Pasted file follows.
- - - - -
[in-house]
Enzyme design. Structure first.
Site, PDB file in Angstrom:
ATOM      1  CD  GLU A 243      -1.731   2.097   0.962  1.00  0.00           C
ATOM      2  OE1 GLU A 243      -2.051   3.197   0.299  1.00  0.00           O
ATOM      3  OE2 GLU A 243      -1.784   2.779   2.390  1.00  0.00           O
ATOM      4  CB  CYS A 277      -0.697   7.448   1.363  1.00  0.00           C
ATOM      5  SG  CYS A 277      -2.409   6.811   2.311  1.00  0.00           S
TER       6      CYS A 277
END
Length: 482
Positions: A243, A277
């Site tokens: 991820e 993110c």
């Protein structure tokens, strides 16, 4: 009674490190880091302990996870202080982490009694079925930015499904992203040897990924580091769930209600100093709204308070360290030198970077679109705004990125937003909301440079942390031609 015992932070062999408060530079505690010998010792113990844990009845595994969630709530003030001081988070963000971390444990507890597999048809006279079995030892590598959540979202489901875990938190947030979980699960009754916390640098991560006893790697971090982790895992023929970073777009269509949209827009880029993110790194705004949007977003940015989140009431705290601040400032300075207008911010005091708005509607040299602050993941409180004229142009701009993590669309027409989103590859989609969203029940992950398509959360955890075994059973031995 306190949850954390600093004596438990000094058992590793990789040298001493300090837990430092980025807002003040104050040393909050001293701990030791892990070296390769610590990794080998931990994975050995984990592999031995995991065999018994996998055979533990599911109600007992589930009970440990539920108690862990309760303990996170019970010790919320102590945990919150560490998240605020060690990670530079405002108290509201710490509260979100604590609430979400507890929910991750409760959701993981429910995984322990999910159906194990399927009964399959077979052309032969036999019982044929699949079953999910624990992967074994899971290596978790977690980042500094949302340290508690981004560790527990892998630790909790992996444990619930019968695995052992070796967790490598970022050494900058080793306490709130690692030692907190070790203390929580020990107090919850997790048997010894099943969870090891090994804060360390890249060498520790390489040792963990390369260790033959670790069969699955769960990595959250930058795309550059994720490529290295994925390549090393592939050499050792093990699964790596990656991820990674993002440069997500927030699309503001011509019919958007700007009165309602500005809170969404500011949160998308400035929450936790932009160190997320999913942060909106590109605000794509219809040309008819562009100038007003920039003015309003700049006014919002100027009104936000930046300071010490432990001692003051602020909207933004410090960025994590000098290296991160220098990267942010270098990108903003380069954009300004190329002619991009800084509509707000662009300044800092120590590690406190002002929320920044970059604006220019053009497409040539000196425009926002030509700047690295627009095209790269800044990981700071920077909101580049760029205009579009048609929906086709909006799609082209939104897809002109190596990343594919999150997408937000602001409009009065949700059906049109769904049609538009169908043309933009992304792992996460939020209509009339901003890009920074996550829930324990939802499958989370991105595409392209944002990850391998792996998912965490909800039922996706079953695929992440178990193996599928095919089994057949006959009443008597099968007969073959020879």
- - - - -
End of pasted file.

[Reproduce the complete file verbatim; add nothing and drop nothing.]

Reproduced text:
[in-house]
Enzyme design. Structure first.
Site, PDB file in Angstrom:
ATOM      1  CD  GLU A 243      -1.731   2.097   0.962  1.00  0.00           C
ATOM      2  OE1 GLU A 243      -2.051   3.197   0.299  1.00  0.00           O
ATOM      3  OE2 GLU A 243      -1.784   2.779   2.390  1.00  0.00           O
ATOM      4  CB  CYS A 277      -0.697   7.448   1.363  1.00  0.00           C
ATOM      5  SG  CYS A 277      -2.409   6.811   2.311  1.00  0.00           S
TER       6      CYS A 277
END
Length: 482
Positions: A243, A277
């Site tokens: 991820e 993110c």
């Protein structure tokens, strides 16, 4: 009674490190880091302990996870202080982490009694079925930015499904992203040897990924580091769930209600100093709204308070360290030198970077679109705004990125937003909301440079942390031609 015992932070062999408060530079505690010998010792113990844990009845595994969630709530003030001081988070963000971390444990507890597999048809006279079995030892590598959540979202489901875990938190947030979980699960009754916390640098991560006893790697971090982790895992023929970073777009269509949209827009880029993110790194705004949007977003940015989140009431705290601040400032300075207008911010005091708005509607040299602050993941409180004229142009701009993590669309027409989103590859989609969203029940992950398509959360955890075994059973031995 306190949850954390600093004596438990000094058992590793990789040298001493300090837990430092980025807002003040104050040393909050001293701990030791892990070296390769610590990794080998931990994975050995984990592999031995995991065999018994996998055979533990599911109600007992589930009970440990539920108690862990309760303990996170019970010790919320102590945990919150560490998240605020060690990670530079405002108290509201710490509260979100604590609430979400507890929910991750409760959701993981429910995984322990999910159906194990399927009964399959077979052309032969036999019982044929699949079953999910624990992967074994899971290596978790977690980042500094949302340290508690981004560790527990892998630790909790992996444990619930019968695995052992070796967790490598970022050494900058080793306490709130690692030692907190070790203390929580020990107090919850997790048997010894099943969870090891090994804060360390890249060498520790390489040792963990390369260790033959670790069969699955769960990595959250930058795309550059994720490529290295994925390549090393592939050499050792093990699964790596990656991820990674993002440069997500927030699309503001011509019919958007700007009165309602500005809170969404500011949160998308400035929450936790932009160190997320999913942060909106590109605000794509219809040309008819562009100038007003920039003015309003700049006014919002100027009104936000930046300071010490432990001692003051602020909207933004410090960025994590000098290296991160220098990267942010270098990108903003380069954009300004190329002619991009800084509509707000662009300044800092120590590690406190002002929320920044970059604006220019053009497409040539000196425009926002030509700047690295627009095209790269800044990981700071920077909101580049760029205009579009048609929906086709909006799609082209939104897809002109190596990343594919999150997408937000602001409009009065949700059906049109769904049609538009169908043309933009992304792992996460939020209509009339901003890009920074996550829930324990939802499958989370991105595409392209944002990850391998792996998912965490909800039922996706079953695929992440178990193996599928095919089994057949006959009443008597099968007969073959020879």